Geisel School of Medicine student Lucy Skinner ’22 is lead author on a paper published today in the New England Journal of Medicine (NEJM) that examines the aging physician workforce in rural populations—a demographic shift with important implications for the future—and offers strategies to forestall the projected diminishing access to healthcare.
Working with Peter Buerhaus, PhD, RN, at Montana State University (MSU), Doug Staiger, PhD, at Dartmouth, and David Auerbach, PhD, external adjunct faculty at Montana State University, Skinner says, “with close mentorship and support from Drs. Buerhaus, Staiger, and Auerbach, I used an analytical model that they developed to predict nursing workforce issues to forecast urban and rural physician supply through 2030.”
She found that while the total numbers of rural physicians had been stable over the past 20 years, the rural physician workforce is aging. By 2017, more than half of rural physicians were at least 50 years old and more than 25 percent were at least 60 years old compared to the age distribution trends in the urban physician workforce.
This demographic shift forecasts a troubling future with increasing healthcare disparity—rural residents who are likely to be older, poorer, more commonly uninsured, and have lower life expectancy, will have limited access to physicians, which may reduce preventive care and further exacerbate unmet needs.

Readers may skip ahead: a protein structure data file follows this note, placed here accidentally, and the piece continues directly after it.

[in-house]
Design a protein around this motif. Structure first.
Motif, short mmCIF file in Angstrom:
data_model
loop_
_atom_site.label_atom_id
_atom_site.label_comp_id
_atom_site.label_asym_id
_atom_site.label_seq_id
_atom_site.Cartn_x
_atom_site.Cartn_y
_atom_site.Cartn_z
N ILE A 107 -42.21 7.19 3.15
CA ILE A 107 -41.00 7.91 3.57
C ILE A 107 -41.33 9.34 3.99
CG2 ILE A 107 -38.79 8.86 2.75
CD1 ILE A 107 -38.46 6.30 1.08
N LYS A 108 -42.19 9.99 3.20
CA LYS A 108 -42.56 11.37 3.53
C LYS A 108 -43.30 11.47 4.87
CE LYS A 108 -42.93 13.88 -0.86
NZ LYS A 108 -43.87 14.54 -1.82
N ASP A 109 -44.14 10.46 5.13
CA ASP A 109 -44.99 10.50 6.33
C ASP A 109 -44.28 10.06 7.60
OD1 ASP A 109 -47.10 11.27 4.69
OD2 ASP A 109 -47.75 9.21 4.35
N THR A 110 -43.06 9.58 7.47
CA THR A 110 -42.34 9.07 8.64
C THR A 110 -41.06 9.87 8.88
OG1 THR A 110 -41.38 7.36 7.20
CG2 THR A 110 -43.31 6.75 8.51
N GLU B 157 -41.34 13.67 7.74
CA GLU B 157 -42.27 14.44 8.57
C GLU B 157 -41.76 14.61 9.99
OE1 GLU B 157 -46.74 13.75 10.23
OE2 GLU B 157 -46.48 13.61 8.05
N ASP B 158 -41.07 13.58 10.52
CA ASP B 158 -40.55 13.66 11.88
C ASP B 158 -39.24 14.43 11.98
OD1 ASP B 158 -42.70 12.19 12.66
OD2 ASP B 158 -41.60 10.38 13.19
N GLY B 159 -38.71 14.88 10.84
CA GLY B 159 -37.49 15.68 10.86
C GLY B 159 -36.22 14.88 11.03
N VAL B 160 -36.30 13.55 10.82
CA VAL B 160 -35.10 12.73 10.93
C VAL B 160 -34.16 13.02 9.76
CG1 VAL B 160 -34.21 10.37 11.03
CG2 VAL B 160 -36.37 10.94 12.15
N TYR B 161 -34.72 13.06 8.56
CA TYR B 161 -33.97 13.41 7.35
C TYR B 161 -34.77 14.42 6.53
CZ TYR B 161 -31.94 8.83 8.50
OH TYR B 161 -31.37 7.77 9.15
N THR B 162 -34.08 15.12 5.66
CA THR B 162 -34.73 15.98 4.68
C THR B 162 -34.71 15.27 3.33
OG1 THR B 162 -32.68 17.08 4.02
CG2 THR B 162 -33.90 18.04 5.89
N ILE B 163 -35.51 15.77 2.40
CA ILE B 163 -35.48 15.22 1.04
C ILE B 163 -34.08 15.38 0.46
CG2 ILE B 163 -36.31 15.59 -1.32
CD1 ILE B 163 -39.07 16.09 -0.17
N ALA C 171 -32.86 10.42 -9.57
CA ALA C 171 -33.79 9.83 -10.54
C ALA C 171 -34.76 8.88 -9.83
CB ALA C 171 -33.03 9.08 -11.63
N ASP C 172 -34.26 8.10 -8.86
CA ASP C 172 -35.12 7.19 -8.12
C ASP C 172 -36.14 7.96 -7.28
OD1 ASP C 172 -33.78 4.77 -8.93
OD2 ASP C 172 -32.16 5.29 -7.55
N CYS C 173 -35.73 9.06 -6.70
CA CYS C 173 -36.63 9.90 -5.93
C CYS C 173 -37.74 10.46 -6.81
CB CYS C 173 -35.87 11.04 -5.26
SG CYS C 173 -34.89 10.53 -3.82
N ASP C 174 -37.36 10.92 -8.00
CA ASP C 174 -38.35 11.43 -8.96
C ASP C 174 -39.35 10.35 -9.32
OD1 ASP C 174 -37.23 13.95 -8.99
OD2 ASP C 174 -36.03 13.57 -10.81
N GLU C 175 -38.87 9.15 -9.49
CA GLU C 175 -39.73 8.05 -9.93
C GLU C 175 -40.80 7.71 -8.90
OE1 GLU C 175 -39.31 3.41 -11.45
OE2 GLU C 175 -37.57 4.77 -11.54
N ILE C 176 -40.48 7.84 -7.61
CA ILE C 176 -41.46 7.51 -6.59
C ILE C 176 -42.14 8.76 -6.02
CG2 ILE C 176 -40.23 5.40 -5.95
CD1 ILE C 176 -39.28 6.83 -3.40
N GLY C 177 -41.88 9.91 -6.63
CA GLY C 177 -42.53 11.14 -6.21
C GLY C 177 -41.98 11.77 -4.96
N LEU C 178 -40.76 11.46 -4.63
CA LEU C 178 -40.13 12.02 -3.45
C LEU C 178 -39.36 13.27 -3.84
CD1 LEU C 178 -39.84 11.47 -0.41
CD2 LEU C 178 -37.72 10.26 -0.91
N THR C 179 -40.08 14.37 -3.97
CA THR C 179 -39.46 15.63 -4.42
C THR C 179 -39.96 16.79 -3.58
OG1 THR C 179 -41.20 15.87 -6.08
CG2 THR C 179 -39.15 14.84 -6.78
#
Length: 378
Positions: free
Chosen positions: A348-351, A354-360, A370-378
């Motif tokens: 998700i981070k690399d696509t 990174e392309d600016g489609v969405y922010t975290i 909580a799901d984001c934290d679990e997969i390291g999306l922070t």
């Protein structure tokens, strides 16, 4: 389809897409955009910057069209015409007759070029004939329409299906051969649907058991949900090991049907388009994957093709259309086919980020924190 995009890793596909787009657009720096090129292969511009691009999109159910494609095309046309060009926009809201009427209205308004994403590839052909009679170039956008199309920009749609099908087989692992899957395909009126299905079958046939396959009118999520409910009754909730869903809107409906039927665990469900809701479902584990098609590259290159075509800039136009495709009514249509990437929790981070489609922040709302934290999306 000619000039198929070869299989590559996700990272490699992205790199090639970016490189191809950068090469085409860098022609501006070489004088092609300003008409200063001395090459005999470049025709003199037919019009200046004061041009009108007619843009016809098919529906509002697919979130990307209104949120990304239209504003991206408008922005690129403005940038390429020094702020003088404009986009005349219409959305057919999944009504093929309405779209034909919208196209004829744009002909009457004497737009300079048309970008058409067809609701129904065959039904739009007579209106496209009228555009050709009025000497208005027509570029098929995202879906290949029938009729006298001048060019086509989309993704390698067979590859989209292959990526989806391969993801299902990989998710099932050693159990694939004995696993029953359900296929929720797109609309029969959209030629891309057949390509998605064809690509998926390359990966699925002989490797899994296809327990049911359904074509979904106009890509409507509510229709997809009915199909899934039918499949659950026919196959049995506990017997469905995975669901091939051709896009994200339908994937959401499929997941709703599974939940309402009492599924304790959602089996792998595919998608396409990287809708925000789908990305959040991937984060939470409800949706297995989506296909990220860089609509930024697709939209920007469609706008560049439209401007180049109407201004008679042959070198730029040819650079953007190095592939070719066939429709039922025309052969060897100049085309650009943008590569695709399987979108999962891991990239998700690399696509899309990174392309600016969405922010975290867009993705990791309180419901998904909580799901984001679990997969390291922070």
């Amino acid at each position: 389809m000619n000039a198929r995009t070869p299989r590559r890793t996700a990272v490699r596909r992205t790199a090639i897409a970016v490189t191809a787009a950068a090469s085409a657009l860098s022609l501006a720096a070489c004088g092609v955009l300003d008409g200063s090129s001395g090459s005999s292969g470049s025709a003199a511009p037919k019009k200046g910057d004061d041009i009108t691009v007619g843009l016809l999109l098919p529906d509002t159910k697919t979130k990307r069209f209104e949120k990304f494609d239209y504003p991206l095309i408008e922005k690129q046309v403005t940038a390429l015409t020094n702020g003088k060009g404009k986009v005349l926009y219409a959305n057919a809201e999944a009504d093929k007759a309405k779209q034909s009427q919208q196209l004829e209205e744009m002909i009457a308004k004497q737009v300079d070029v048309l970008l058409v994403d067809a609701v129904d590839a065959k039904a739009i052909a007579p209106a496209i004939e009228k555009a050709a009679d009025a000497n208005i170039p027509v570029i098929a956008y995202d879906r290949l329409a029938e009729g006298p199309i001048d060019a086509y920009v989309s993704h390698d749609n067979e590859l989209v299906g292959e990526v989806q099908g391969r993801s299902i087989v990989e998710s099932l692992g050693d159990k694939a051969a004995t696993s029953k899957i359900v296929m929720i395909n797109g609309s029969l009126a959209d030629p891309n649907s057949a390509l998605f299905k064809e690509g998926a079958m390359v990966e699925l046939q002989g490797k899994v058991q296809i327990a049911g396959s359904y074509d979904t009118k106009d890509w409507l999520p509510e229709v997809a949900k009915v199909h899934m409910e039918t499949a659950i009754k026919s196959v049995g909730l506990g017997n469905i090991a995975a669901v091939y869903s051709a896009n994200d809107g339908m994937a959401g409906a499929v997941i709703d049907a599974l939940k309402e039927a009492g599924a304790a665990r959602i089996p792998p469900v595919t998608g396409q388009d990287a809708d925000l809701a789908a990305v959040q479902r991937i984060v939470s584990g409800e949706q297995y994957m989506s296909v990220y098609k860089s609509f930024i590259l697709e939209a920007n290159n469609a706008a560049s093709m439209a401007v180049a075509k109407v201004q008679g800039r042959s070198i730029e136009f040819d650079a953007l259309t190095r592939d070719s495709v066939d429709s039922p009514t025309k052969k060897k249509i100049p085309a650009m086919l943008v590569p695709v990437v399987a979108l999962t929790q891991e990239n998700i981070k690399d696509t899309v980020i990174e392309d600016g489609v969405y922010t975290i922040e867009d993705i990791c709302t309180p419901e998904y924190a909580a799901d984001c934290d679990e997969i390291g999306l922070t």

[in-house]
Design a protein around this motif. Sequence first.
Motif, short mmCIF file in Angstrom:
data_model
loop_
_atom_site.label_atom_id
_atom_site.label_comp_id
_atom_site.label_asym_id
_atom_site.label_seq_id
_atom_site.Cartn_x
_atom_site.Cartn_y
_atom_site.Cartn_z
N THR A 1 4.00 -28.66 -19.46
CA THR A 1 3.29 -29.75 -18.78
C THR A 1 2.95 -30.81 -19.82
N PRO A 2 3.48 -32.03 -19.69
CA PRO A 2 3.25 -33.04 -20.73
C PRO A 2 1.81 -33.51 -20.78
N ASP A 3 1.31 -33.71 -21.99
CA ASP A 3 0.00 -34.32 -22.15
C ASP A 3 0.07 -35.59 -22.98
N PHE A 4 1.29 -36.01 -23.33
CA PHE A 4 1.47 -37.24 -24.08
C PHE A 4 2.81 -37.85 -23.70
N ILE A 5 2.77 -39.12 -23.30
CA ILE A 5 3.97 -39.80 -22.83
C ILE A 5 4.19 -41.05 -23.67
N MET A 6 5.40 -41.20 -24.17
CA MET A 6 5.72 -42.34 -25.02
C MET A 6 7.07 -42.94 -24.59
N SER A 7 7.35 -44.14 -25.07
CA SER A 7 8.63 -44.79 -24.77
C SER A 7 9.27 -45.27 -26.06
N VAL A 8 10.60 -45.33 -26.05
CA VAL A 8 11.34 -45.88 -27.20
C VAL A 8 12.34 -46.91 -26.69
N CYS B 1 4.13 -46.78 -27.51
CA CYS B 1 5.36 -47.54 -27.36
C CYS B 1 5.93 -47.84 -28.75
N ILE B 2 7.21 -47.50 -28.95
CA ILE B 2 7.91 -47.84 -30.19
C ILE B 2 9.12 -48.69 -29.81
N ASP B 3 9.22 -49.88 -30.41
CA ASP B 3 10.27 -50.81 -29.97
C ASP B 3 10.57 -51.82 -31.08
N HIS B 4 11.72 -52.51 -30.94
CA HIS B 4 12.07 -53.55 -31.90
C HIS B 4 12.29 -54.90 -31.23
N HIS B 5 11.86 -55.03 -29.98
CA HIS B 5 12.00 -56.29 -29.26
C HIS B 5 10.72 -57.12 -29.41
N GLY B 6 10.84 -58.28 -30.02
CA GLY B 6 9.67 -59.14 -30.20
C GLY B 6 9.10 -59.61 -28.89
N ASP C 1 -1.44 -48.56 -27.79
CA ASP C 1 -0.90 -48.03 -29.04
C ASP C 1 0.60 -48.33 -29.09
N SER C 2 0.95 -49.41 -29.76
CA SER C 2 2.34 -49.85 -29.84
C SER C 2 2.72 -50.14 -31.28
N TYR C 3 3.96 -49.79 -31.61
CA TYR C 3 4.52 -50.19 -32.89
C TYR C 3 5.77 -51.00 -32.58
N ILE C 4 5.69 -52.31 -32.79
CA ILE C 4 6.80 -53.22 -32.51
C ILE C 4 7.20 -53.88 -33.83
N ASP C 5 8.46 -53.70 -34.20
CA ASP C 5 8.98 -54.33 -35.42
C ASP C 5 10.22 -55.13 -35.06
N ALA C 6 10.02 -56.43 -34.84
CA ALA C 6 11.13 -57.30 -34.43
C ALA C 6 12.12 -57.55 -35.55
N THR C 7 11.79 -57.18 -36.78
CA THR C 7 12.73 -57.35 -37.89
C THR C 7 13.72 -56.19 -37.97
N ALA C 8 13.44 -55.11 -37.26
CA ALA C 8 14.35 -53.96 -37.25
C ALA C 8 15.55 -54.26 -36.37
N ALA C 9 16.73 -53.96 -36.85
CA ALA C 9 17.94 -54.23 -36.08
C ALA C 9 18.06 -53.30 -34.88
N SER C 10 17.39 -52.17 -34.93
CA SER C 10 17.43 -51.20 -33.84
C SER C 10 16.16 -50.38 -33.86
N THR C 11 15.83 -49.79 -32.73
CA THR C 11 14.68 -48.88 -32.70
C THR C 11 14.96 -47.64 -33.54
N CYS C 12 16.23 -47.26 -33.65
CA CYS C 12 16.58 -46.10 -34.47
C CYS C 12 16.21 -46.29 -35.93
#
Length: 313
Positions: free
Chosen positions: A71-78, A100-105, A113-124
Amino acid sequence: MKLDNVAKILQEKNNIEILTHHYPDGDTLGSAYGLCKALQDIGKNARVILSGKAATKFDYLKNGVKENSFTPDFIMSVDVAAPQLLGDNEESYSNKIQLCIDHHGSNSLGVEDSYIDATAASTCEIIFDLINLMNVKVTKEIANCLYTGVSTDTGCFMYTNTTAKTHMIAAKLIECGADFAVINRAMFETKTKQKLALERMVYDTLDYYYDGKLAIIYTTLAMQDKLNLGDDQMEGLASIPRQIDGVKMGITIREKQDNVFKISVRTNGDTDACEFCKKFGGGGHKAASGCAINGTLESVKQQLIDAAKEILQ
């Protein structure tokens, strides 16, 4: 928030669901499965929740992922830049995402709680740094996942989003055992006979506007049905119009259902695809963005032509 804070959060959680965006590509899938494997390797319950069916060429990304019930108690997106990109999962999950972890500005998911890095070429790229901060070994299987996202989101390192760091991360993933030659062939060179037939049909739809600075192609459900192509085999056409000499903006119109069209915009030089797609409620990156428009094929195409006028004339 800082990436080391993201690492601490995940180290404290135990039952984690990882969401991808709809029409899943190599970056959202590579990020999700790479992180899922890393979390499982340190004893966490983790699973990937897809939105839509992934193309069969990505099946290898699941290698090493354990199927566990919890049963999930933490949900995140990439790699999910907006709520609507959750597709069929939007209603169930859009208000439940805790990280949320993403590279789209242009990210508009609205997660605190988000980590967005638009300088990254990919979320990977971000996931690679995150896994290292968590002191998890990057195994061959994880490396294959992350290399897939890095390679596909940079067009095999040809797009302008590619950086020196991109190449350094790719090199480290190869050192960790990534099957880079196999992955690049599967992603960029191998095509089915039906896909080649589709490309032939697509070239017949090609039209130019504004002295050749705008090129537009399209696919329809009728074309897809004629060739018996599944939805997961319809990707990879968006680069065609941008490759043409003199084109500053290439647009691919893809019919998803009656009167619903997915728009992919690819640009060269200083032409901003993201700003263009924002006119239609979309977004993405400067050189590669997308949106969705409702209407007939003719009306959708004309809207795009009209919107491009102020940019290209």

“The implication of this is that the supply of physicians in rural areas is going to decline in the next 10 years by 23 percent as older physicians retire and are not being replaced by younger physicians,” Skinner says. “As a result, if nothing is done, the already large disparity in access to physicians between rural and urban populations is going to widen.”
Skinner and her colleagues acknowledge that initiatives involving focused training for medical students likely to practice in underserved rural communities have slowed the decline of rural physicians, but they are unlikely to narrow the care delivery gaps. The greater the shortfall in the rural physician workforce, the harder it may be to attract younger physicians who will need to assume a higher patient workload.
To break this cycle of decline, the researchers offer additional strategies, including expanding graduate medical education programs in rural hospitals along with “expanding access to care through mobile health vans equipped with diagnostic treatment technology and by policymakers acting with greater urgency to overcome barriers that have slowed adoption of telehealth services.”
They also suggest the rapidly growing nurse practitioner workforce could be part of a solution to narrow gaps in healthcare delivery. A high percentage of nurse practitioner training is in primary care and rural medicine—higher than that of physicians. And a growing body of evidence confirms “the high quality and cost-effectiveness of care provided by nurse practitioners and their greater propensity to serve vulnerable populations.”
Skinner, a rising second-year medical student, first became interested in rural medicine while working at MSU in the College of Nursing. Planning on practicing rural medicine, Skinner says, “I am drawn to small, tight-knit communities and to the variety and full-spectrum of care that comes with rural practice. At Geisel, I am a co-leader of Rural Health Scholars, which serves to support fellow students who have interest in practicing rural medicine.”
This research was funded by the Gordon and Betty Moore Foundation whose mission is to foster path-breaking scientific discovery, environmental conservation, and patient care improvements.